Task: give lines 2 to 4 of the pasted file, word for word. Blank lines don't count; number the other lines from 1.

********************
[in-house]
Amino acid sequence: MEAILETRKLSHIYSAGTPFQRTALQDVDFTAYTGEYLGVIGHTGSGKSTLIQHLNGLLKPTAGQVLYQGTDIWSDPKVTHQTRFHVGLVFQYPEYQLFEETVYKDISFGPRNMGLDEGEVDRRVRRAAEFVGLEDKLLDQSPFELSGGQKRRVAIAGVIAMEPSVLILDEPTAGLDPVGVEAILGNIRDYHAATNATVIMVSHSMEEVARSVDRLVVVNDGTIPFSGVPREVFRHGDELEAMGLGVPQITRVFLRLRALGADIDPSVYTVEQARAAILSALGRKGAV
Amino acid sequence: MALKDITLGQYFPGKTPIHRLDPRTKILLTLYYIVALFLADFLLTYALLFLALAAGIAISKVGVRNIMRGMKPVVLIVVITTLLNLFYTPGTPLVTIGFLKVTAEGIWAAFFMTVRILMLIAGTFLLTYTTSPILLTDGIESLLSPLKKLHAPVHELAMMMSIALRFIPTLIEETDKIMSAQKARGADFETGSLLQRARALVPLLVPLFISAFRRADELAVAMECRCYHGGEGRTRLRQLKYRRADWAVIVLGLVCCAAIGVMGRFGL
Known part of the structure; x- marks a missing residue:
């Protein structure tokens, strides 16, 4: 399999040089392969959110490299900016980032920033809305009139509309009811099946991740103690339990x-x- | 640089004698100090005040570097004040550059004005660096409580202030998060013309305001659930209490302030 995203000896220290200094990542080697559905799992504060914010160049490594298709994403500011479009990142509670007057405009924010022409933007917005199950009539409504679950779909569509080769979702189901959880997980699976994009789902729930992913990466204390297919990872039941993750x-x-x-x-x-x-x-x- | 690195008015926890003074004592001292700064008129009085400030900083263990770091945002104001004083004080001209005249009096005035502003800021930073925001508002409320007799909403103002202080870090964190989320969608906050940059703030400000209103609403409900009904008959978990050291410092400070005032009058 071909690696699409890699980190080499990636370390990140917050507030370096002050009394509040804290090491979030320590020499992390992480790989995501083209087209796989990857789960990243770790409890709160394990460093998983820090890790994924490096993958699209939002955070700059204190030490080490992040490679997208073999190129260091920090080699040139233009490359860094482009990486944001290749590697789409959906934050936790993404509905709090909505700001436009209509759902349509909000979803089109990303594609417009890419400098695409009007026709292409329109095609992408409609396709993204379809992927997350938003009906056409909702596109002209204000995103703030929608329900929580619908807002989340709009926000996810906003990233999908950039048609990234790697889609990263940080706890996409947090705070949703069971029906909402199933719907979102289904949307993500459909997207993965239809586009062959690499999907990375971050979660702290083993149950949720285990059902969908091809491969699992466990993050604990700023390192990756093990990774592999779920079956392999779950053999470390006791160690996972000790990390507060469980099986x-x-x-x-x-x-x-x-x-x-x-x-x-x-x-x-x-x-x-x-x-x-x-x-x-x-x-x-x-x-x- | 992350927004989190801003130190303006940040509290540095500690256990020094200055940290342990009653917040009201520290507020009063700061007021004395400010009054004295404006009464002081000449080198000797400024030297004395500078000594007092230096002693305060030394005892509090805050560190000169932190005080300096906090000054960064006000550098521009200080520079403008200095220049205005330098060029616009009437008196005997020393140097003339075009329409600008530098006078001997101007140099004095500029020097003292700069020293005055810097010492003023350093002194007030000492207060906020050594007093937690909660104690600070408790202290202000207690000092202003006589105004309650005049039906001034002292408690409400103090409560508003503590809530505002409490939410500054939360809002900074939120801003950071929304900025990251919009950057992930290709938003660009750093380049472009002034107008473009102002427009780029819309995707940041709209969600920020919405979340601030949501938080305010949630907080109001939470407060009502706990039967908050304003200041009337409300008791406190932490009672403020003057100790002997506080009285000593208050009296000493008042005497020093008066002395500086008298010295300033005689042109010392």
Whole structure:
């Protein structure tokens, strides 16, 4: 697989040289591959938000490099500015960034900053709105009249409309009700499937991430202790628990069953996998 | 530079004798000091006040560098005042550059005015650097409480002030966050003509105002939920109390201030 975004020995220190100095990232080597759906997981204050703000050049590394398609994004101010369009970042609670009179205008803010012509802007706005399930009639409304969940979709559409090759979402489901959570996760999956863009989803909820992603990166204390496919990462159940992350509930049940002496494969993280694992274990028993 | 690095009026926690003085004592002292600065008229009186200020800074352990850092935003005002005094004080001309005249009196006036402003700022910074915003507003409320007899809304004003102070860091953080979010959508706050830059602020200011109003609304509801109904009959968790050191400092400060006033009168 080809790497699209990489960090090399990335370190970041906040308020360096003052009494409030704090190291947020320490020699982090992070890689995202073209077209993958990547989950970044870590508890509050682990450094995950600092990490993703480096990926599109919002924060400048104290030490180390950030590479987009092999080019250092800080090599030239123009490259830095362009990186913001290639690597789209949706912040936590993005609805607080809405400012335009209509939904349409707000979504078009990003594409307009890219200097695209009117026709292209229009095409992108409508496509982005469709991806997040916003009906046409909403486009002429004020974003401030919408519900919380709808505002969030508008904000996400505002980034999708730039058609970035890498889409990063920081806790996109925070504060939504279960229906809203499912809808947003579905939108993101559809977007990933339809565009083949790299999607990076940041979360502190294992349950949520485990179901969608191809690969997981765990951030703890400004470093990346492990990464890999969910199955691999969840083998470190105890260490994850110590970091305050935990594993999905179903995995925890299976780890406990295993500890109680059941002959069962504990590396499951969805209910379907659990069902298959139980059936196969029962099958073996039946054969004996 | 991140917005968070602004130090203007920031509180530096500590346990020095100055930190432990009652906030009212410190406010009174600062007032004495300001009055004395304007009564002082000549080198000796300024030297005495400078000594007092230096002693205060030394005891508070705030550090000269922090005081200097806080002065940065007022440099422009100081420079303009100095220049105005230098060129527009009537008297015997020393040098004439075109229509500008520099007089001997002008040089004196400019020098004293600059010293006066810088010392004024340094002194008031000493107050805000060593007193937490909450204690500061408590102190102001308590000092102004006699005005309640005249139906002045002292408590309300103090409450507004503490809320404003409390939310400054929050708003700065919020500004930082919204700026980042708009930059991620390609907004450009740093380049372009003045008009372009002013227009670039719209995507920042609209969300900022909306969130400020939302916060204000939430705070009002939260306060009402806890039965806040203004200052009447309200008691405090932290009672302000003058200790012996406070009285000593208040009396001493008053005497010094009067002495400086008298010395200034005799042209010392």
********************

Amino acid sequence: MEAILETRKLSHIYSAGTPFQRTALQDVDFTAYTGEYLGVIGHTGSGKSTLIQHLNGLLKPTAGQVLYQGTDIWSDPKVTHQTRFHVGLVFQYPEYQLFEETVYKDISFGPRNMGLDEGEVDRRVRRAAEFVGLEDKLLDQSPFELSGGQKRRVAIAGVIAMEPSVLILDEPTAGLDPVGVEAILGNIRDYHAATNATVIMVSHSMEEVARSVDRLVVVNDGTIPFSGVPREVFRHGDELEAMGLGVPQITRVFLRLRALGADIDPSVYTVEQARAAILSALGRKGAV
Amino acid sequence: MALKDITLGQYFPGKTPIHRLDPRTKILLTLYYIVALFLADFLLTYALLFLALAAGIAISKVGVRNIMRGMKPVVLIVVITTLLNLFYTPGTPLVTIGFLKVTAEGIWAAFFMTVRILMLIAGTFLLTYTTSPILLTDGIESLLSPLKKLHAPVHELAMMMSIALRFIPTLIEETDKIMSAQKARGADFETGSLLQRARALVPLLVPLFISAFRRADELAVAMECRCYHGGEGRTRLRQLKYRRADWAVIVLGLVCCAAIGVMGRFGL
Known part of the structure; x- marks a missing residue: